Nosaj Thing: Home

d63ea8f8You press play and become surround by eerie textures, followed by what feels like a standard hip-hop beat- but no, as you venture on you discover this music is far more intelligent than that. The enigmatic feelings are draped over your shoulders in a way that makes you curious and unsure of who’s behind it all. There’s a sense of mystery that emanates from the unpredictable forms, pulling you deeper into a new place you’ve never seen before; a dark tunnel with no end in sight. And you venture on…

It’s truly difficult to tell what kind of world you’re stepping into when listening to Nosaj Thing. I was on my way to the subway listening to the new album Home and, having been familiar with old songs like ‘Coat of Arms’ and ‘Caves’ whose deep and often sluggish beats sank into my ears like bowling balls in molasses and drove the song to a running pace, I was somewhat surprised by the new vibe that came with this album: It’s darker, devoid of the upbeat energy of the past. I imagine a story set in the not-so-distant future, within the towering structures of a metropolis built on experimental ideas, looming at the edge of a desert where the old world once thrived…

I find myself comforted by those classic electronic sounds reminiscent of 80’s movie scores, as well as the new, unfamiliar ones that I have the pleasure of hearing for the first time. Tracks like ‘Try feat. Toro y Moi’ (which, in my opinion, serves as the climactic love scene of this cinematic album) are furnished with triumphant progressions capable of making the soul ache, as well as an eclectic use of percussion that exceeds the limits of traditional rhythms and redefines tasteful composition. Yes, Nosaj Thing is one of those artists that leaves me very impressed and hopeful for the future of music.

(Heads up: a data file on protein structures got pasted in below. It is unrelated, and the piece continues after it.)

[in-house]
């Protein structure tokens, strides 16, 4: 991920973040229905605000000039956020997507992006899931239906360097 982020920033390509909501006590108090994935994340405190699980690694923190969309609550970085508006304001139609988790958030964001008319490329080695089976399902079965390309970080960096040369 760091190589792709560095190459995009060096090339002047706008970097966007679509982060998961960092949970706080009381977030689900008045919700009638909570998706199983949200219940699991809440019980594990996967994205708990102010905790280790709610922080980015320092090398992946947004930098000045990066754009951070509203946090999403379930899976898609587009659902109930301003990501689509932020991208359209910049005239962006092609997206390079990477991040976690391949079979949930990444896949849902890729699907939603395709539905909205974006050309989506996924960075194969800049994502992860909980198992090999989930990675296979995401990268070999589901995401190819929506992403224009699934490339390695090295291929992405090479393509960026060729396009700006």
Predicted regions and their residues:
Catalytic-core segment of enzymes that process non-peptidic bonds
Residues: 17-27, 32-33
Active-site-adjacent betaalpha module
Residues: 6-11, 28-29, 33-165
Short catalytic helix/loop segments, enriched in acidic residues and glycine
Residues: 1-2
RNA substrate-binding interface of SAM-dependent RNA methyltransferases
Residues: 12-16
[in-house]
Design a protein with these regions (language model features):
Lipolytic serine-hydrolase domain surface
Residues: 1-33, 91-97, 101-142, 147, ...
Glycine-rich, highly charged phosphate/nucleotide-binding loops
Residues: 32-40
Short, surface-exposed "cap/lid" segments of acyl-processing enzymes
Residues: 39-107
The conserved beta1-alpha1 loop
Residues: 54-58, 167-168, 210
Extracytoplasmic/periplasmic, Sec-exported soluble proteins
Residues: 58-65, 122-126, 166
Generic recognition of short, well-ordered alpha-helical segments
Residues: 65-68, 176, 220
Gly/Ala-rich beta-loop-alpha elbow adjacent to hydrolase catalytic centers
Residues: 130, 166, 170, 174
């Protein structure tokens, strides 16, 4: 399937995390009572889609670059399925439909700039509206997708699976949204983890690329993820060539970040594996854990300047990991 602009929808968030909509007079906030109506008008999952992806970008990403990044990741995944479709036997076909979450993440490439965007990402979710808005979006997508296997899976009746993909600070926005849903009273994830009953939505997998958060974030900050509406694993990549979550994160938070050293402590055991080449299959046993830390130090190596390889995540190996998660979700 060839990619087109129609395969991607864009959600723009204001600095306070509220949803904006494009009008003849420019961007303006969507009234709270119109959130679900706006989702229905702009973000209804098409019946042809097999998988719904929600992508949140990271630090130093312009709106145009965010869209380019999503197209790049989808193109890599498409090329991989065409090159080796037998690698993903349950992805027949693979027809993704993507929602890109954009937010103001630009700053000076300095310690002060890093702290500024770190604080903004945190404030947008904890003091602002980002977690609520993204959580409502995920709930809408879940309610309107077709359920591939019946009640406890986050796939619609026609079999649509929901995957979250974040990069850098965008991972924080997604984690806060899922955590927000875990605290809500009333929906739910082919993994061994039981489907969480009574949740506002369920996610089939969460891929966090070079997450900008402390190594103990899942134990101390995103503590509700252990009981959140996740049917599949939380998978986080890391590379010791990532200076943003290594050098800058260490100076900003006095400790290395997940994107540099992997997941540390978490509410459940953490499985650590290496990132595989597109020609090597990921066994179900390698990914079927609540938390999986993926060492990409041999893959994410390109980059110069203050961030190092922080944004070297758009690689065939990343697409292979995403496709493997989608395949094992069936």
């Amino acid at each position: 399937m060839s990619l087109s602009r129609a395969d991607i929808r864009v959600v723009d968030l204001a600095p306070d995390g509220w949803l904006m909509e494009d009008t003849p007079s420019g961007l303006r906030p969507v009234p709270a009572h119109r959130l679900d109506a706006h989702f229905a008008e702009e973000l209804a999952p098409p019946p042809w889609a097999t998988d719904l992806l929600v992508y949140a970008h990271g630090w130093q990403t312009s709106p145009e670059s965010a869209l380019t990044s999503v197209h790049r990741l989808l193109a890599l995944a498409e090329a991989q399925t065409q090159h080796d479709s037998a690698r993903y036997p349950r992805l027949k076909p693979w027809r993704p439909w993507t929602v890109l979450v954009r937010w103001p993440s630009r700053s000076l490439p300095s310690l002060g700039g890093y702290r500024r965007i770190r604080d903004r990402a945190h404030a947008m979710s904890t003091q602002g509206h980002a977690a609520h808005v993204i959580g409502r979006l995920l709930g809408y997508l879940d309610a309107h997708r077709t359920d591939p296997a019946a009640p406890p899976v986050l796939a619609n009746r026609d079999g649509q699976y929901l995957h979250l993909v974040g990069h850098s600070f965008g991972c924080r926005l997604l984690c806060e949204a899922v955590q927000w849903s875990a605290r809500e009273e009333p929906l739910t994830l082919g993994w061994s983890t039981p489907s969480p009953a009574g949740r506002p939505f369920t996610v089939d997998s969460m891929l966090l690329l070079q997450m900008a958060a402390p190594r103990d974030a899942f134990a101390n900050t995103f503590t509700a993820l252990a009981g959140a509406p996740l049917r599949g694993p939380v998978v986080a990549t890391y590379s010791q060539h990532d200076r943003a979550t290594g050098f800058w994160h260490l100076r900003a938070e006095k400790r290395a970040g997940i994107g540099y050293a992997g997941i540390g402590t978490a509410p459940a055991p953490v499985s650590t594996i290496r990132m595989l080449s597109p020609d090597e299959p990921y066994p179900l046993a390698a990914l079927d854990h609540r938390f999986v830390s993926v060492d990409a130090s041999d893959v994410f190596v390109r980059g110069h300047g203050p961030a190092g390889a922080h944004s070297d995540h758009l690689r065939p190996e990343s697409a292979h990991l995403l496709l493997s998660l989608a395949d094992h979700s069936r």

I especially recall my journey through the second track, ‘Eclipse/Blue feat. Kazu Makino’; I had one of those lonely star-struck moments when I heard Makino’s voice step in—and that’s when things started to make sense to me. To have such a talented vocalist like the lead singer of Blonde Redhead feature on a track is one thing, but to find the perfect voice for a song is another; it completes the mood in a way that cant be done by any other instrument, fitting in with the piece so well that you couldn’t imagine it any other way. It’s impossible to accurately describe the energy and the mental scenes which accompanied that realization, but it felt almost like a failed romance, like being left alone in a desolate plain within yourself and nothing else but the sadness and pain in your heart—and the music was your remedy, your fulfillment of that emptiness by escaping into another world.

It was at this point that I finally understood how to listen to Home, which at first I found to be challenging and confusing: I had to discern what mindset I needed to have in order to fully enjoy it. The key is to listen with a mindful ear, then it will grow on you, broadening your senses and sharpening your mind with each sampling… 9/10

*Previously Published on http://www.violentsuccess.com*

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